“Real”​ process tracing: Part 3 — epistemology

Jagosh, 2019

“Reality can only be grasped indirectly — seen reflected in a mirror, staged in the theatre of the mind (Susan Sontag, 1979).”

Bad boys; good science?

Realistic Evaluation emerged as a critique of established social science methods in the late 1990s, and this inspired something of a pugilistic posture which has lasted for decades. Co-author Nick Tilly, for instance, describes himself and Ray Pawson as the ‘bad boys of methodology.’ As one reads through the recently published book Doing Realist Research, there is an unmistakably jubilant tone of the underdog that somehow succeeded against the odds. Pawson himself refers to Realist Evaluation (RE) as surpassing the 25-year mark of paradigmatic entropy from which other methods apparently suffer. “Realism is here to stay,” he asserts, “because of its scientific credentials” and due to what Popper terms an “evolutionary epistemology” whereby “knowledge itself evolves by natural selection.”

This Darwinian narrative of other methodologies collapsing while Realist Evaluation flourishes is perplexing, because as Westhorp notes, RE should view itself as a member of a “family of theory-based evaluation approaches.” However, it can be said that Realist Evaluation is different in the sense that it’s chiefly a “school of philosophy” rather than a methodology. It’s “trans-disciplinary,” and in principle, it’s method neutral (provided that the methods chosen fit with realist philosophy). Though RE does offer quite stringent guidance with express reporting standards.

Supposed “outsiders to the evaluation establishment” and “challenging opposing established orthodoxies,” RE expends considerable effort in defining itself by what it is not. As Westhorp notes, it’s not positivist and it’s not constructivist. It’s neither deductive, nor inductive. It’s neither experimental, nor interpretive. RE sits somewhere in between all of these, as the following slide from Jagosh (2019) shows:

For realists, according to Westhorp, both the material and social world are real, but there’s no such thing as ultimate “truth,” social systems are open rather than closed. And Realist Evaluation has a particular view of how we should think about context and of how causation works, as I discussed in the first two blogs in this series (context & causation).

Fake news and alternative facts

Realist Evaluation has an unfortunate habit of presenting itself as if it were David fighting Goliath in single combat. For me, this is not only misleading, but it’s potentially a hamartia (a hero’s fatal flaw leading to a downfall). In a world of “fake news” and “alternative facts,” few of us would subscribe to a radically positivist view of the social world. Even if claims of objectivity may be an attempt to conceal the values underpinning those claims, this doesn’t mean that those who make such claims actually hold radically positivist views. Nor do they necessarily believe that only a regularity view of causality is legitimate (as Maxwell asserts in his canonical text A Realist Approach to Qualitative Research). On the other hand, few of us would endorse radical forms of constructivism, or deconstruction either (as Maxwell, 2012 accepts), even if it makes us sound deep.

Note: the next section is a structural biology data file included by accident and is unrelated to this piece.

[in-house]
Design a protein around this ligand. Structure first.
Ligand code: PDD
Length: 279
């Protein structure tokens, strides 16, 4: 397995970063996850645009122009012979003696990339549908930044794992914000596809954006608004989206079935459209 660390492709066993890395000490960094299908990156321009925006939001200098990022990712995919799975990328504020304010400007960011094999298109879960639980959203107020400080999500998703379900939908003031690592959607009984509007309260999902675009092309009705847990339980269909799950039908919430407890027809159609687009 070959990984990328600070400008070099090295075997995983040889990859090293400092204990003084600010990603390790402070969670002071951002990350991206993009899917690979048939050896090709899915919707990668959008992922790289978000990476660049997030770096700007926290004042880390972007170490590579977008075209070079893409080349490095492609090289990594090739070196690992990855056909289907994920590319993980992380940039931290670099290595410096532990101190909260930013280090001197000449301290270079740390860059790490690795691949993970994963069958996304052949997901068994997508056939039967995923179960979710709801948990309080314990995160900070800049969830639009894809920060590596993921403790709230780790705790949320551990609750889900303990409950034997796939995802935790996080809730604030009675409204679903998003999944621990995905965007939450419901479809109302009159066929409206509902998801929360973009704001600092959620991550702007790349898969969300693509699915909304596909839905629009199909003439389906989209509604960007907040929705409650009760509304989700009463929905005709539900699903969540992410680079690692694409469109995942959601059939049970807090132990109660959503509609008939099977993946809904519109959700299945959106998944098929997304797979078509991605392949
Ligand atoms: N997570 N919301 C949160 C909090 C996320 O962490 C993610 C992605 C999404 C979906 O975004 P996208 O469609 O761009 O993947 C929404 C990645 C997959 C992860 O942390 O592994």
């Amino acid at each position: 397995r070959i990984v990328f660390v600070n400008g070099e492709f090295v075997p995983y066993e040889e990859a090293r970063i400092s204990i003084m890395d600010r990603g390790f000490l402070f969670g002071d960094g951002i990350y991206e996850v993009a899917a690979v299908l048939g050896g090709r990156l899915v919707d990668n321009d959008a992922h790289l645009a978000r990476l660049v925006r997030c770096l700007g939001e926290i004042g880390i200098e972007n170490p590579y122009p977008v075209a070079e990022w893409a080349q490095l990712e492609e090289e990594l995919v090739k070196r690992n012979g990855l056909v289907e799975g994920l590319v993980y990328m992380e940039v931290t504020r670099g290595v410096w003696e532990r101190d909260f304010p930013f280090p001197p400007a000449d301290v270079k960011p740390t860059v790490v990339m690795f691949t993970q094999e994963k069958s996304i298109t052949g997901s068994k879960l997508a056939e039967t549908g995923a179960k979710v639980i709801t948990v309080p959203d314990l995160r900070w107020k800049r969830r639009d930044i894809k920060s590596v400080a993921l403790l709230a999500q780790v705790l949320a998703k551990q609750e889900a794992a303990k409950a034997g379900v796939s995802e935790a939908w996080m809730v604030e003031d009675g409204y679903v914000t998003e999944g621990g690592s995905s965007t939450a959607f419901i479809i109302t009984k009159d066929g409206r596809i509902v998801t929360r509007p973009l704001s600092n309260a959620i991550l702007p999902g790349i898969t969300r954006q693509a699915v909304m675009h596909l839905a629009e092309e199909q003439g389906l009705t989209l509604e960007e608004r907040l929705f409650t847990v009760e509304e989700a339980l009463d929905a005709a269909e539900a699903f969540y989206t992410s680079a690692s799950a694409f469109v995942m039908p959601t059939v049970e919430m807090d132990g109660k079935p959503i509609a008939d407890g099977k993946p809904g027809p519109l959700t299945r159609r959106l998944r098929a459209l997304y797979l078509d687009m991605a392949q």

Beyond this, it’s clear that a systems view of social interaction has been relatively popular for decades, so too has the acknowledgement that political context matters, and there has long been acceptance of theory based methods. So, this is all pretty mainstream.

Most such realisations happened independently of Realist Evaluation. For instance, in Outcome Mapping’s facilitation manual we see a critique of ‘linear, “cause and effect” thinking [which] contradicts the understanding of development as a complex process that occurs in open systems.’ Outcome Harvesting also refers to itself as being ‘suitable for complex programming contexts where relations of cause and effect are not fully understood.’ So, neither method accepts an acontextual, closed, and certain view of the world. Most “complexity-aware” methods subscribe to a worldview broadly consistent with realist philosophy, and Process Tracing (PT) is no exception.

Neo-positivist and constructivist Process Tracing

Process Tracing theorists, Derek Beach and Rasmus Brun Pedersen (2019), for example, self-identify as “neopositivist” or “actualist.” But Alexander George and Andrew Bennett argue that Process Tracing “finds a place also in the constructivist approach.” Causal mechanisms may not (necessarily) be observed but they can be studied anyway (George and Bennett, 2005). For psychological processes, mechanisms can be assessed in an indirect fashion through proxies for the observable implications (Janis, 1982 in Beach and Pedersen, 2019). That is to say, the observable evidence provides only a partial view of the “real phenomena.” In this sense, PT refers to observable evidence of traces left by each part of the mechanism in between cause (e.g. meteor collision) and outcome (extinction). Maxwell’s (2012) explanation of “process or realist approach to causality,” and which cites George and Bennett (2005) and Falleti and Lynch (2009), nearly gets us there, but realist evaluators appear not to have made the link.